“Unreal” premiership journey driving Healy to future success

NORTHERN Territory Under-18 representative Alysha Healy might be a year older than many of her AFL Women’s Under-18 Championships peers, but is still learning everything she can about the game. Hungry for knowledge on and off the field, the exercise and sports nutrition student said whatever happens with her on-field career in the future, her goal is to find a place within an AFL Women’s club. Already the 19-year-old has been through quite a journey growing up in the NT and progressing through to the South Australian National Football League (SANFL) Women’s competition.

“I’m originally from the Northern Territory so I started playing for the Waratah Football Club, well it’s been three years now,” Healy said. “I started in the Under 18s and then the year after that I captained the Under 18s team and just last year I played in the women’s team and we actually won the grand final so that was an incredible experience to be with all those senior women we have in there.”

Healy said the experience of winning a premiership was hard to put into words.

“It’s just so unreal, the journey that you travel with those girls, you just can’t describe it,” she said. “It’s just one of a kind, you share so many memories and ups and downs in the season, your hard work, all your trainings, all the strength and conditioning, it just all pays off, it’s a sense of relief and those girls become your family and you just play for each other.”

While her on-field success is important, so is her future career off-field, which is why the switched on Healy is keen to follow her passion in the sports industry.

“I’m now based in South Australia for University so I’ve started playing for Sturt in SANFL and I’m obviously with the club and with me being an overager in this comp, I’m hoping to get drafted.” Healy said. “That’s the dream, to play AFLW and to just be exposed to that experience and that level of footy. “(I’m studying) exercise sports science and nutrition. “I’m loving it and if I don’t end up being drafted, hopefully I can be a support crew for one of the AFLW teams and still be involved there.”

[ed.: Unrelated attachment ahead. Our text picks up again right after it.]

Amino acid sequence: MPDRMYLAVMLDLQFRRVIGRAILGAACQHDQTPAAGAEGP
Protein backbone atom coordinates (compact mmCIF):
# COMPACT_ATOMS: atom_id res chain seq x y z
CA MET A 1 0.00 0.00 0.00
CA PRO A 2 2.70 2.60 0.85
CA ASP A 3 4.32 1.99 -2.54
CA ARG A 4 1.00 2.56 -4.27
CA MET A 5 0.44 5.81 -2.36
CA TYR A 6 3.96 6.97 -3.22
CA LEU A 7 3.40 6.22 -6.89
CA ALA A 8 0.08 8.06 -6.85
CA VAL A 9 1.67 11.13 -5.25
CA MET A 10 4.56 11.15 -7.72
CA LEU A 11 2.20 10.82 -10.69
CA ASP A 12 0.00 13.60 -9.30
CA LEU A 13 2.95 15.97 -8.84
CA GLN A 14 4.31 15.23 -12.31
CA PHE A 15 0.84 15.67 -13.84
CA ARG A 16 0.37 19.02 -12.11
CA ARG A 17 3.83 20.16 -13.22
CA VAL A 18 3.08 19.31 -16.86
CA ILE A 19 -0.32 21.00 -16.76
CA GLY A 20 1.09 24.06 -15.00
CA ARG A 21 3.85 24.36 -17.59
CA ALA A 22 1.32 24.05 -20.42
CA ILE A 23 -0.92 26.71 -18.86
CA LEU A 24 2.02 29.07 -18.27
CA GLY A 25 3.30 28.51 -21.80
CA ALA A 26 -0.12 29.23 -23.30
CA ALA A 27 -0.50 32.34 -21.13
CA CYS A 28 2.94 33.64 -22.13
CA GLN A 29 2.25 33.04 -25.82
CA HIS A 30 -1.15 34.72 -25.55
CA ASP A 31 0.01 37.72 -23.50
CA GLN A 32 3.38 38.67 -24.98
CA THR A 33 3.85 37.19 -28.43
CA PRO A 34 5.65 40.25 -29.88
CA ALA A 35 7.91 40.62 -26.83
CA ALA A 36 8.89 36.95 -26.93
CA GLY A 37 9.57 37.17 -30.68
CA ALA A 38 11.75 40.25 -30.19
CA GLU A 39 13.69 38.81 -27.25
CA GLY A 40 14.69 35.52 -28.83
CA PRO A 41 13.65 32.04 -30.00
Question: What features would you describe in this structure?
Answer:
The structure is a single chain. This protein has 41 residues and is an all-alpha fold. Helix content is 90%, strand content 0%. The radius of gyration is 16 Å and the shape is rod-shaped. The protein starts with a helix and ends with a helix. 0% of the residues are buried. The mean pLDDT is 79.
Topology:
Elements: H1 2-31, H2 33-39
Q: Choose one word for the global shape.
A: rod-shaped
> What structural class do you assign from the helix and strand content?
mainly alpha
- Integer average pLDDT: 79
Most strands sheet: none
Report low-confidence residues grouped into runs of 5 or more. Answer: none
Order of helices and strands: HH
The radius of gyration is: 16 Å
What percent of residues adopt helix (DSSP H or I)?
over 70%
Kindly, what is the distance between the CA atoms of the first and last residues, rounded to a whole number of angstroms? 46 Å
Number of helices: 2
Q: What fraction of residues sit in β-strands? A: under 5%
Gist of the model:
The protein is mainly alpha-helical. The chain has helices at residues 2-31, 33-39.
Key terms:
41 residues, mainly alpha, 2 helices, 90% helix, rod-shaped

Studying university full-time while also managing a growing football career can be challenging, but Healy said her sport-study balance is getting there, with her social life being the one area that takes a hit.

“It’s been a bit of a struggle, but I think I’ll grow as time goes on and I’ll start to get that balance, uni and footy,” she said. “I’ve got two footy trainings in the afternoons and I’ve got uni during the days so I try and keep my weekends free. “You can’t really have a social life when you’re trying to be a professional footballer I guess and that’s just some of the sacrifices you’ve got to make to be elite.”

Since crossing from Waratah to Sturt, Healy has realised how much professionalism has gone into the South Australian competition to continue to nurture and develop the future of AFL Women’s.

“It’s really good actually, it’s different to playing in the NT,” Healy said. “It’s different standards, the professionalism both on and off the field is there and I love it. “The people at Sturt have welcomed me with open arms, I love the club and I’m just excited to see where I can go from there.”

Healy describes herself as a fast player, credit to her athletics background which is something she has done since she was young. Her power and speed combination enables her to create separation from an opponent at a contest, and create headaches for opposition players. She admits her football IQ and skills are areas she can build on, with her technique and decision making her current focuses. Healy said she draws much inspiration from a world-class athlete.

“I read Sally Pearson‘s autobiography a few times over and just reading her journey and where she’s been, how she’s come through so many injuries and just kept going despite all the obstacles, to just be where she is now, she’s just an incredible athlete,” Helay said.

Her family have always pushed her to do what she loves, and Healy said she is forever grateful for their support.

“I’ve done so many sports over the years and regardless of what it’s been, they’ve always been so supportive of me,” she said. “They were there at my grand final with the biggest smiles on their faces rushing down to me. “I honestly don’t think I would be where I am today without them pushing me through and supporting me.”

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